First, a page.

var car = { manyCars: {a: "Saab", "b": "Jeep"}, 7: "Mazda" };

console.log(car.manyCars.b); // Jeep
console.log(car[7]); // Mazda

Object property names can be any string, including the empty string. If the property name would not be a valid JavaScript identifier, it must be enclosed in quotes. Property names that would not be valid identifiers also cannot be accessed as a dot (.) property, but can be accessed and set with the array-like notation("[]").

var unusualPropertyNames = {
  "": "An empty string",
  "!": "Bang!"
}
console.log(unusualPropertyNames."");   // SyntaxError: Unexpected string
console.log(unusualPropertyNames[""]);  // "An empty string"
console.log(unusualPropertyNames.!);    // SyntaxError: Unexpected token !
console.log(unusualPropertyNames["!"]); // "Bang!"

Please note:

var foo = {a: "alpha", 2: "two"};
console.log(foo.a);    // alpha
console.log(foo[2]);   // two
//console.log(foo.2);  // Error: missing ) after argument list
//console.log(foo[a]); // Error: a is not defined
console.log(foo["a"]); // alpha
console.log(foo["2"]); // two

String literals

A string literal is zero or more characters enclosed in double (") or single (') quotation marks. A string must be delimited by quotation marks of the same type; that is, either both single quotation marks or both double quotation marks. The following are examples of string literals:

  • "foo"
  • 'bar'
  • "1234"
  • "one line \n another line"
  • "John's cat"

You can call any of the methods of the String object on a string literal value—JavaScript automatically converts the string literal to a temporary String object, calls the method, then discards the temporary String object. You can also use the String.length property with a string literal:

print("John's cat".length) // Will print the number of symbols in the string including whitespace. In this case, 10.

You should use string literals unless you specifically need to use a String object. See String Object for details on String objects.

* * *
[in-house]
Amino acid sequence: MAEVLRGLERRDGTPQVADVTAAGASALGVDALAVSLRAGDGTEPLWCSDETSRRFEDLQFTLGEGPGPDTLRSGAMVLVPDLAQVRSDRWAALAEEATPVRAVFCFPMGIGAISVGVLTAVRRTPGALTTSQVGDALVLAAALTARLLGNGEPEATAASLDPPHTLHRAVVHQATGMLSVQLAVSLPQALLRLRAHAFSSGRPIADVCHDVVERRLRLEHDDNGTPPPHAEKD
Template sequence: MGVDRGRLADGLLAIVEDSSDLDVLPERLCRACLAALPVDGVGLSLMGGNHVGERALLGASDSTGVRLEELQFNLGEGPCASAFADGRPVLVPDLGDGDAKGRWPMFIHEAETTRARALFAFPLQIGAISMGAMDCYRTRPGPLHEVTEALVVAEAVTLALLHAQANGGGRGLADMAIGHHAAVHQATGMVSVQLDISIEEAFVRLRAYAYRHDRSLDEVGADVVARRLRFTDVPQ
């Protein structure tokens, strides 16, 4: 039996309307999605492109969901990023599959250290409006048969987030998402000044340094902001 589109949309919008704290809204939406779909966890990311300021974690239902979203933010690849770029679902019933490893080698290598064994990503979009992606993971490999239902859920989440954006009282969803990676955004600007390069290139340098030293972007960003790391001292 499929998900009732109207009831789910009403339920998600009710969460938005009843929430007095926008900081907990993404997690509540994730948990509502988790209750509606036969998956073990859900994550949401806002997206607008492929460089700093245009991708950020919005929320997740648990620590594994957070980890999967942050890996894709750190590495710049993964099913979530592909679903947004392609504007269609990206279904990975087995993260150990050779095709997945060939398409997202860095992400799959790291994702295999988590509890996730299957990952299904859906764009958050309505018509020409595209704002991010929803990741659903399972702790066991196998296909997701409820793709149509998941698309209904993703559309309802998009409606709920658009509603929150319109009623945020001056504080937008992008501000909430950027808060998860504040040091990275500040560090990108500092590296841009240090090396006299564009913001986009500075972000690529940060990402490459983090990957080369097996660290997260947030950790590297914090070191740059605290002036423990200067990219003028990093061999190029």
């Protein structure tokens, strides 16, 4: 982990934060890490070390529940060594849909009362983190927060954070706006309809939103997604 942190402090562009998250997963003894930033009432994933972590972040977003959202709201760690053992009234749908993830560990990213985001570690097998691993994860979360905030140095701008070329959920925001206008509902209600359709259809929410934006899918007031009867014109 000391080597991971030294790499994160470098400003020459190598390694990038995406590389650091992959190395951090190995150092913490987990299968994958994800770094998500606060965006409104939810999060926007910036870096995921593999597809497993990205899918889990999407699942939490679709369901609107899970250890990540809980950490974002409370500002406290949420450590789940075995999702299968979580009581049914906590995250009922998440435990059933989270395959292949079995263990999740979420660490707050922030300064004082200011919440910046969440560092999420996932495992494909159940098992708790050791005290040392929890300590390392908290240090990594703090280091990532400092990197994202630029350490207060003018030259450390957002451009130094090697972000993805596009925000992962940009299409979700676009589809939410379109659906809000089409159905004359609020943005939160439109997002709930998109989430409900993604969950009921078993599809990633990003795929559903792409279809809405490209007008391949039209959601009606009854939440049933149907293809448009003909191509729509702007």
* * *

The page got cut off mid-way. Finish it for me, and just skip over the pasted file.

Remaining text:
Using special characters in strings

In addition to ordinary characters, you can also include special characters in strings, as shown in the following example.

"one line \n another line"

The following table lists the special characters that you can use in JavaScript strings.

Table 2.1 JavaScript special characters
Character Meaning
\b Backspace
\f Form feed
\n New line
\r Carriage return
\t Tab
\v Vertical tab
\' Apostrophe or single quote
\" Double quote
\\ Backslash character
\XXX The character with the Latin-1 encoding specified by up to three octal digits XXX between 0 and 377. For example, \251 is the octal sequence for the copyright symbol.
\xXX The character with the Latin-1 encoding specified by the two hexadecimal digits XX between 00 and FF. For example, \xA9 is the hexadecimal sequence for the copyright symbol.
\uXXXX The Unicode character specified by the four hexadecimal digits XXXX. For example, \u00A9 is the Unicode sequence for the copyright symbol. See Unicode escape sequences.

Escaping characters

For characters not listed in Table 2.1, a preceding backslash is ignored, but this usage is deprecated and should be avoided.

You can insert a quotation mark inside a string by preceding it with a backslash. This is known as escaping the quotation mark. For example:

var quote = "He read \"The Cremation of Sam McGee\" by R.W. Service.";